Canadian chamber president Julian H. Payne said that as the FTA is crucial to ensure the country’s position as a globally competitive, highly lucrative investment destination, they are pushing for the realization of the proposed agreement.
“We are now in the process of gathering our members every meeting to discuss the background and inputs regarding the FTA. Primarily our concern is how we can come up with a specific scope of the agreement so we will have clearer vision and direction towards this thrust,” he said.
The FTA was first eyed when former Canadian Prime Minister Stephen Harper announced the launching of the possibility of exploring the FTA after the three-day state visit to Canada of President Benigno Aquino III last May 7-9.
“The exploratory discussion of the proposed FTA is still yet to start depending if the incumbent Canadian Prime Minister Justin Trudeau will still consider idea,” Payne said adding that Trudeau took the position by last quarter of this year. But Payne is positive that the agreement will go ahead as Canada always welcome trade agreements.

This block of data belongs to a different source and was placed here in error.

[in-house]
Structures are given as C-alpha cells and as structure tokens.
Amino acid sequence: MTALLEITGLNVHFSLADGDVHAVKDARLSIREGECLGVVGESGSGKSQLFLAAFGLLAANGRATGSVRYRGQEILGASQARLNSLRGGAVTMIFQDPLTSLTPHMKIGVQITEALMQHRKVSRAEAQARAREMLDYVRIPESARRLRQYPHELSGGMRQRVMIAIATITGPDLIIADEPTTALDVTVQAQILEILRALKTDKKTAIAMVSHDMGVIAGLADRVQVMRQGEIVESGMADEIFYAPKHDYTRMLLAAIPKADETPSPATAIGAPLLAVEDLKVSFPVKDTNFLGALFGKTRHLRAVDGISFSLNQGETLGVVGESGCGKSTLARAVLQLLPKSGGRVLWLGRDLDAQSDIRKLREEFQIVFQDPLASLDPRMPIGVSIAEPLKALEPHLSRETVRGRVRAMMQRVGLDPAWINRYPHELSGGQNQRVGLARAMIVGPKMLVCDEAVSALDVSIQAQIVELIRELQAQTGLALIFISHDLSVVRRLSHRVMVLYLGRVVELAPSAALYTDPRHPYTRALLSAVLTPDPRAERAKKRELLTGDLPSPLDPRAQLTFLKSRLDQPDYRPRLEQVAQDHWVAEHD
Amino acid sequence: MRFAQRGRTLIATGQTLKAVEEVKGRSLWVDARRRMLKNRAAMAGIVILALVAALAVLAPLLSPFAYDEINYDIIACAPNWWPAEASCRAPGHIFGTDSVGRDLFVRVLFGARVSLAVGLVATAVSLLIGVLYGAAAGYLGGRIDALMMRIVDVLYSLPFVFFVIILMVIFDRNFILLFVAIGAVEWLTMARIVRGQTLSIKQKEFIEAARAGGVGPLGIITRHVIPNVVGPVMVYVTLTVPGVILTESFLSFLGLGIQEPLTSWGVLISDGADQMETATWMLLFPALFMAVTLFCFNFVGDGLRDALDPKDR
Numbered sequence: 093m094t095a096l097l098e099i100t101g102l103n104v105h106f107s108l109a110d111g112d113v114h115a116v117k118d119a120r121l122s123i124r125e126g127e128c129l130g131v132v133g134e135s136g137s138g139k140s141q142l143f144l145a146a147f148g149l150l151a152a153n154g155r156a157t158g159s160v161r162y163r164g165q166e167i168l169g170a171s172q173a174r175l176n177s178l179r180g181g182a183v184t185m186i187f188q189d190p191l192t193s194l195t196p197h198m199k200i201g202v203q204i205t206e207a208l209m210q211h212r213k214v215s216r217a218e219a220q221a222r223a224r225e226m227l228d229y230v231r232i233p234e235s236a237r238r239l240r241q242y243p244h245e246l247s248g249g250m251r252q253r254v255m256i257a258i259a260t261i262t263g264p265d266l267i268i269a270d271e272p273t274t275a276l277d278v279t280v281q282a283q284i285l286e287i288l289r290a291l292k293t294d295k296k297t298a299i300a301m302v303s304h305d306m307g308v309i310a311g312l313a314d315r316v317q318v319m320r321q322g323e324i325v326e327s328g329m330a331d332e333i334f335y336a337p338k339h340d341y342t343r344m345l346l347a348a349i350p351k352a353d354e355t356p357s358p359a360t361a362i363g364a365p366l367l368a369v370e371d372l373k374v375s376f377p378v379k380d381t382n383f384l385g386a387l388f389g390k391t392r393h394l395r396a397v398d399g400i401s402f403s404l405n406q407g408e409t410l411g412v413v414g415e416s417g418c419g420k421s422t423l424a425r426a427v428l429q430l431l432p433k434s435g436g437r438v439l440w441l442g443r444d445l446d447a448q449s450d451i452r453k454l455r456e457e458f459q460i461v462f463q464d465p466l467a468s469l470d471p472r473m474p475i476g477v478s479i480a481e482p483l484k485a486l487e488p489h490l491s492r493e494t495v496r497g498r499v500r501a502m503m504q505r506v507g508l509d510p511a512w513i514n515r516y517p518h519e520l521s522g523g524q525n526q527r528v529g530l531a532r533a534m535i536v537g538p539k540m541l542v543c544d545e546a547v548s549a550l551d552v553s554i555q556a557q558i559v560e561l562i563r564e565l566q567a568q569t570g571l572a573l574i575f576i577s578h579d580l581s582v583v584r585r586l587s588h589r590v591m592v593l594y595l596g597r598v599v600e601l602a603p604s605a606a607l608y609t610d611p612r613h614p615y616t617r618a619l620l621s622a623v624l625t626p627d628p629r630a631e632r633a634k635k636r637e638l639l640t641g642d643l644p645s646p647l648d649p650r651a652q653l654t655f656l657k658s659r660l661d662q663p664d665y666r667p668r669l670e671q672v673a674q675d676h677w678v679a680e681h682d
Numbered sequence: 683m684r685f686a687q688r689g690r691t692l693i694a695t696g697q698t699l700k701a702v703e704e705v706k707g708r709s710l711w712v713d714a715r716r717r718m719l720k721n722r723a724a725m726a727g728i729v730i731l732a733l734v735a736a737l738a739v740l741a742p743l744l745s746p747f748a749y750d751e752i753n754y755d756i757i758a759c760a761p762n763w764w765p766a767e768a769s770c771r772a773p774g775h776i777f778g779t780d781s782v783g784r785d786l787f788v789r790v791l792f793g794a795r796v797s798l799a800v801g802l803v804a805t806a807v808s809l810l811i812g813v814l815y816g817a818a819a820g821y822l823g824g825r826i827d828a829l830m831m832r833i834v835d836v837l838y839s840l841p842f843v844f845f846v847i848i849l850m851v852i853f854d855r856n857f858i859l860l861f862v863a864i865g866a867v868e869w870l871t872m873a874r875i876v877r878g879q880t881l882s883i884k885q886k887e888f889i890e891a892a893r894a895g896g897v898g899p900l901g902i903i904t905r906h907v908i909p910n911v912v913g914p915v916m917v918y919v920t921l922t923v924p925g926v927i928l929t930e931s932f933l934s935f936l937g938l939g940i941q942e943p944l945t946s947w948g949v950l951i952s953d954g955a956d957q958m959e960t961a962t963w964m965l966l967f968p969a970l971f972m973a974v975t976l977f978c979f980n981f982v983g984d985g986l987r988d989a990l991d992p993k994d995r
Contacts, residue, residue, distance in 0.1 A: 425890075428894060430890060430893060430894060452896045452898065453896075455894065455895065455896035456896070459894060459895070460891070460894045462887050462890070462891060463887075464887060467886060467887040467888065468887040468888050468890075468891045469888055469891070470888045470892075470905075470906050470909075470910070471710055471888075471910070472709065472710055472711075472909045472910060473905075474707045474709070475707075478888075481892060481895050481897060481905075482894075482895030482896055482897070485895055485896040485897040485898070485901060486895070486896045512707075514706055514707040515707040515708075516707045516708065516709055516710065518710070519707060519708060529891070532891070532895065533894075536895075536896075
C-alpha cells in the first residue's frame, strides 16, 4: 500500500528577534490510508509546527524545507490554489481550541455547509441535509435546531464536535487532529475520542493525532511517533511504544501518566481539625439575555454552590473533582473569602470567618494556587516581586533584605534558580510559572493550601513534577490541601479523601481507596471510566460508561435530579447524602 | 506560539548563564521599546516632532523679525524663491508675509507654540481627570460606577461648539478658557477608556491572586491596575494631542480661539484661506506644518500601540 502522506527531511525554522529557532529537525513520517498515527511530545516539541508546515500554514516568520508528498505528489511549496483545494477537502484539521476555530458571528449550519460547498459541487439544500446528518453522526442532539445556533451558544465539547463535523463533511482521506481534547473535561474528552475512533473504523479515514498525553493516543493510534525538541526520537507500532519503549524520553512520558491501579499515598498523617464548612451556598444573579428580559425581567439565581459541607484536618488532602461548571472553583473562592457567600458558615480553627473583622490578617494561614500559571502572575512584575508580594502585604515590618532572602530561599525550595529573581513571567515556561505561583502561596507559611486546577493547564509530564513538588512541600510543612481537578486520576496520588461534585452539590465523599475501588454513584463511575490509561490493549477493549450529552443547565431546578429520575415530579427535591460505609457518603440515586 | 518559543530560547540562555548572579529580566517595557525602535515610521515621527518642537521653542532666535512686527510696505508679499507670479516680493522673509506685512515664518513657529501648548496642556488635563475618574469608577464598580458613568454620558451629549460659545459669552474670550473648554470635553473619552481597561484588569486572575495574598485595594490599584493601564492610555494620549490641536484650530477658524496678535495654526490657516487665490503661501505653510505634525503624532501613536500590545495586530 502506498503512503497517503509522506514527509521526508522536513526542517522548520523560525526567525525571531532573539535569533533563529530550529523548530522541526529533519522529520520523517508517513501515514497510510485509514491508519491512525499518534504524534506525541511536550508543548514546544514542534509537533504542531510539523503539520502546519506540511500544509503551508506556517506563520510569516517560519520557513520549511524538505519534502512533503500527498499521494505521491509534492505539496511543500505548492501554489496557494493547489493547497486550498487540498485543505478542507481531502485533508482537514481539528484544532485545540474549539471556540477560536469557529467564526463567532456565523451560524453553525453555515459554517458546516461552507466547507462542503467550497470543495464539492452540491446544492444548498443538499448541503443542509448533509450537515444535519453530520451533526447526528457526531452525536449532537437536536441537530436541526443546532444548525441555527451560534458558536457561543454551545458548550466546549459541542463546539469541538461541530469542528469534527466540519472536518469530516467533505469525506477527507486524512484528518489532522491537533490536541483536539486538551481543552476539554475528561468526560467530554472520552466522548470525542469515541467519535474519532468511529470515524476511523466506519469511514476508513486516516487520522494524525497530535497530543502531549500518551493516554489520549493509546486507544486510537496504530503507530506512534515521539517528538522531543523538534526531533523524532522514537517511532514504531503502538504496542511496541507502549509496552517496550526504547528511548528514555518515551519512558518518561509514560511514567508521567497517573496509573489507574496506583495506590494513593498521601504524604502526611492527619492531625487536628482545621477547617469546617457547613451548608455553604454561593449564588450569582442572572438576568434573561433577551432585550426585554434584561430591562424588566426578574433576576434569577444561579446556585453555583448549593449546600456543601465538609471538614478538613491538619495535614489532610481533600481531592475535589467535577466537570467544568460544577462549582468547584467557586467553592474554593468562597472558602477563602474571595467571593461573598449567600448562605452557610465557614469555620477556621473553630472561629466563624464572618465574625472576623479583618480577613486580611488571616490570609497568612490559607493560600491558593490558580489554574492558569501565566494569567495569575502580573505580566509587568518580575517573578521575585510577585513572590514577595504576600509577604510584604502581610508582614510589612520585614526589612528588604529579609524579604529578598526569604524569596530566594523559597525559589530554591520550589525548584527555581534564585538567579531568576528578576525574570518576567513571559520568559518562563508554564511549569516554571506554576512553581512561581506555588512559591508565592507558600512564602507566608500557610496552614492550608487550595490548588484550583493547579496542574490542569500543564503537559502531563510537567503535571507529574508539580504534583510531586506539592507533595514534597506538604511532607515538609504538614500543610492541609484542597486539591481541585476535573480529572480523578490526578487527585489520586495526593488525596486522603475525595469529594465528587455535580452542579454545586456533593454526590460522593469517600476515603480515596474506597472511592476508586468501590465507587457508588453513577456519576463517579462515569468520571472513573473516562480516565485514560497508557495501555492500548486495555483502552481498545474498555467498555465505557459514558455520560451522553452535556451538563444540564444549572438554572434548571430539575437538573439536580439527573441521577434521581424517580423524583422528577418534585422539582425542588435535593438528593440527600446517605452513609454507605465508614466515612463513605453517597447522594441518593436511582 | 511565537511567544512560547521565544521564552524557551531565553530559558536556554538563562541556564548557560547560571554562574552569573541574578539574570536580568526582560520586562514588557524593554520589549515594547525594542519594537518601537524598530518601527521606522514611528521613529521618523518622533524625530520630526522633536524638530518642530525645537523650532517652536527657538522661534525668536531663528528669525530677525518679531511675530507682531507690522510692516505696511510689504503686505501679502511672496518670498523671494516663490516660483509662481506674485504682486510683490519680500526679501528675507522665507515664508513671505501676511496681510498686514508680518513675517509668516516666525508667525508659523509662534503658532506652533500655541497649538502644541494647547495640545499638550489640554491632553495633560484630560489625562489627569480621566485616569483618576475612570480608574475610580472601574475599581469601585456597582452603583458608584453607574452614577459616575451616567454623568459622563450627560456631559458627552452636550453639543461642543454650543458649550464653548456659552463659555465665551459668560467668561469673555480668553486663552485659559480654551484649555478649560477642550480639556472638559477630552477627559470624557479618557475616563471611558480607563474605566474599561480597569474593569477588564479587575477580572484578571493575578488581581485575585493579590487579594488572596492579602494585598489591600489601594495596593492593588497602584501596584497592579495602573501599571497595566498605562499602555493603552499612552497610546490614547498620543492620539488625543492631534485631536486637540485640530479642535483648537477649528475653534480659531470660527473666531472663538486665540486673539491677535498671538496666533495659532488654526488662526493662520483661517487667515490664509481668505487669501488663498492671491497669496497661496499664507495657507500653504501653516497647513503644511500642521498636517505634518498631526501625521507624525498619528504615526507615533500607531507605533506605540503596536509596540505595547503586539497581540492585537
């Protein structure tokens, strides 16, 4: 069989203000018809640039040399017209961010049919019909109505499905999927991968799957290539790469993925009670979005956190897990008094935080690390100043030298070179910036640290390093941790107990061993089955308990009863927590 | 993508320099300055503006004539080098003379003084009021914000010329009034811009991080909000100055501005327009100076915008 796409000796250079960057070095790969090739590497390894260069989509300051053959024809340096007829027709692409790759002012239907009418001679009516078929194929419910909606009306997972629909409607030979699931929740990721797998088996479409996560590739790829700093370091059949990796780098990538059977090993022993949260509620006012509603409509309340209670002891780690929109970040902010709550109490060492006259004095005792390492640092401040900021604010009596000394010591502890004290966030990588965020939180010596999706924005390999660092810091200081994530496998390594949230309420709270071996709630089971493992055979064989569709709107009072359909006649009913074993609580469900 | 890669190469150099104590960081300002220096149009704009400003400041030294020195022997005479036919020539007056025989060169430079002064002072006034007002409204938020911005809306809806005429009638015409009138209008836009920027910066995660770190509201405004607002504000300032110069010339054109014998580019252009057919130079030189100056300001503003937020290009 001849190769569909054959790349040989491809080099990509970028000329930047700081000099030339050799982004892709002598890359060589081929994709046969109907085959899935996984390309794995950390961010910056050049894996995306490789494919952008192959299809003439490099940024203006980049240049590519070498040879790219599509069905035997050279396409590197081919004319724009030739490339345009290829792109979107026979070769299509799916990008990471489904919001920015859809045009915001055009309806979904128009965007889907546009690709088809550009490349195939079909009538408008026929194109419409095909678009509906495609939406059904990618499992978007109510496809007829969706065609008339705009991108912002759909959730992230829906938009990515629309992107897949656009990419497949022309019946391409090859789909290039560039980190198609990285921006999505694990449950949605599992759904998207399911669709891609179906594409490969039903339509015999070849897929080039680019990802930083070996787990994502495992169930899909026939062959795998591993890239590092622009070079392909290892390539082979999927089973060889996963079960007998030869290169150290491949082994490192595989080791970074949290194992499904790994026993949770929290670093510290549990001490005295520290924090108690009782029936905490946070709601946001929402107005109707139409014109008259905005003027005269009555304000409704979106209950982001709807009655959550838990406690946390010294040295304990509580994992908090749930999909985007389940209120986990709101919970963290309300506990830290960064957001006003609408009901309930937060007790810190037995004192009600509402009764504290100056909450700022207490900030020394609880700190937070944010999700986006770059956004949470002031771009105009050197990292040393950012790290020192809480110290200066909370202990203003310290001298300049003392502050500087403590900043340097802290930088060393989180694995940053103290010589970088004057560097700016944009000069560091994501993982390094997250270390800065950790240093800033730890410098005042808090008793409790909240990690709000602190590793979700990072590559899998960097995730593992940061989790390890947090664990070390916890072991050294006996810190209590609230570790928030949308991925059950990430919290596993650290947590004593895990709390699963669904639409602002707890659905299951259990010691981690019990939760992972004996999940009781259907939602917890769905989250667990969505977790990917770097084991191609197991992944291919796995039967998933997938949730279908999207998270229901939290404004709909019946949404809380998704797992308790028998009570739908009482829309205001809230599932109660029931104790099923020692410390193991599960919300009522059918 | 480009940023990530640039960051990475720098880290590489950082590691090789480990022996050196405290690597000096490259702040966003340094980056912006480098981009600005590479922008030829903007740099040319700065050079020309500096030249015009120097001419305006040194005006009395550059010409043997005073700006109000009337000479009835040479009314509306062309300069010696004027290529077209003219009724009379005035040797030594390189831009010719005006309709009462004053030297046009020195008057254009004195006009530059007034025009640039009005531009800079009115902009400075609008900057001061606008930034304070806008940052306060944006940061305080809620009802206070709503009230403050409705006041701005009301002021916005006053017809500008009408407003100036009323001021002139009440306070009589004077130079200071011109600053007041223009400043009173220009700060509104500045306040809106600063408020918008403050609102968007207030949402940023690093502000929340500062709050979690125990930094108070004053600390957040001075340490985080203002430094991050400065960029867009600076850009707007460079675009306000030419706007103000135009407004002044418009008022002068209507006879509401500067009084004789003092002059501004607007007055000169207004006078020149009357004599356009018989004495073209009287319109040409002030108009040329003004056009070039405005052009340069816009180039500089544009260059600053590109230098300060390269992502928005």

“I anticipate that this will go ahead but we must put it into account that both governments should remain to be interested with the proposed FTA especially now that Philippines will also have upcoming regular presidential elections, it really depends,” he said.
If the Philippines-Canada FTA will push through, it will be considered as a unique trade agreement between the both governments.
“There will be no overlapping, Philippines is a member of the Association of Southeast Asian Nations (Asean) while Canada is a member of the North American Free Trade Agreement (Nafta), if the FTA will be realized it will open windows for both countries to other bigger markets,” Payne said.
The comprehensive FTA, once approved, will be the Canada’s first trade agreement with a country from the Southeast Asia.
At present Ayala land and Banco De Oro (BDO) have presence of business in Canada which could be considered as signs of growing partnership between the two trade-oriented countries.
Official Canadian data showed that bilateral trade grew by an annual 2.5 percent to C$1.8 billion in 2014. Canadian merchandise imports from the Philippines came in at around C$1.24 billion, while a total of C$569.5 million is recorded for Canadian exports to the Philippines.
The Philippines has FTAs with China, Japan, New Zealand, South Korea, Australia and other Asian countries under the Brunei Darussalam,Indonesia, Malaysia, Philippines-East Asean Growth Area.